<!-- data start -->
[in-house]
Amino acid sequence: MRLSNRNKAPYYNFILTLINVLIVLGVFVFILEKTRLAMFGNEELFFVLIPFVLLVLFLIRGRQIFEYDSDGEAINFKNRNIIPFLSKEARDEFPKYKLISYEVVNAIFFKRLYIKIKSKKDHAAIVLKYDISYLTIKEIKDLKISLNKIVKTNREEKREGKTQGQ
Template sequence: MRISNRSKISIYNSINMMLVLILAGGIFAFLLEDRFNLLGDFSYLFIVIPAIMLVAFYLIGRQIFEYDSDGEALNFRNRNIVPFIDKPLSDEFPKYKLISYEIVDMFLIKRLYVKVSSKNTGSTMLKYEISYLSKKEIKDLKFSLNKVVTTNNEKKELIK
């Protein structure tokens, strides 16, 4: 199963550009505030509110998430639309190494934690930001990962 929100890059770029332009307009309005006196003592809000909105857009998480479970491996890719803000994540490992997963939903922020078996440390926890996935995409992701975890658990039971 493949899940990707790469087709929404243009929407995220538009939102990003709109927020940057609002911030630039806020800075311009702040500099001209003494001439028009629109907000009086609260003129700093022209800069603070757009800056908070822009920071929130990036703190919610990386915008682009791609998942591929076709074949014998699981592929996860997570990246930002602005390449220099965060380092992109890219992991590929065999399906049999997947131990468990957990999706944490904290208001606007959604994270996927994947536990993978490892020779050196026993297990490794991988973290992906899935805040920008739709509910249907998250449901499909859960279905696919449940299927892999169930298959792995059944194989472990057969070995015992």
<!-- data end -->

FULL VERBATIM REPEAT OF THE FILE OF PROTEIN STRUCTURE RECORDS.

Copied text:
[in-house]
Amino acid sequence: MRLSNRNKAPYYNFILTLINVLIVLGVFVFILEKTRLAMFGNEELFFVLIPFVLLVLFLIRGRQIFEYDSDGEAINFKNRNIIPFLSKEARDEFPKYKLISYEVVNAIFFKRLYIKIKSKKDHAAIVLKYDISYLTIKEIKDLKISLNKIVKTNREEKREGKTQGQ
Template sequence: MRISNRSKISIYNSINMMLVLILAGGIFAFLLEDRFNLLGDFSYLFIVIPAIMLVAFYLIGRQIFEYDSDGEALNFRNRNIVPFIDKPLSDEFPKYKLISYEIVDMFLIKRLYVKVSSKNTGSTMLKYEISYLSKKEIKDLKFSLNKVVTTNNEKKELIK
């Protein structure tokens, strides 16, 4: 199963550009505030509110998430639309190494934690930001990962 929100890059770029332009307009309005006196003592809000909105857009998480479970491996890719803000994540490992997963939903922020078996440390926890996935995409992701975890658990039971 493949899940990707790469087709929404243009929407995220538009939102990003709109927020940057609002911030630039806020800075311009702040500099001209003494001439028009629109907000009086609260003129700093022209800069603070757009800056908070822009920071929130990036703190919610990386915008682009791609998942591929076709074949014998699981592929996860997570990246930002602005390449220099965060380092992109890219992991590929065999399906049999997947131990468990957990999706944490904290208001606007959604994270996927994947536990993978490892020779050196026993297990490794991988973290992906899935805040920008739709509910249907998250449901499909859960279905696919449940299927892999169930298959792995059944194989472990057969070995015992």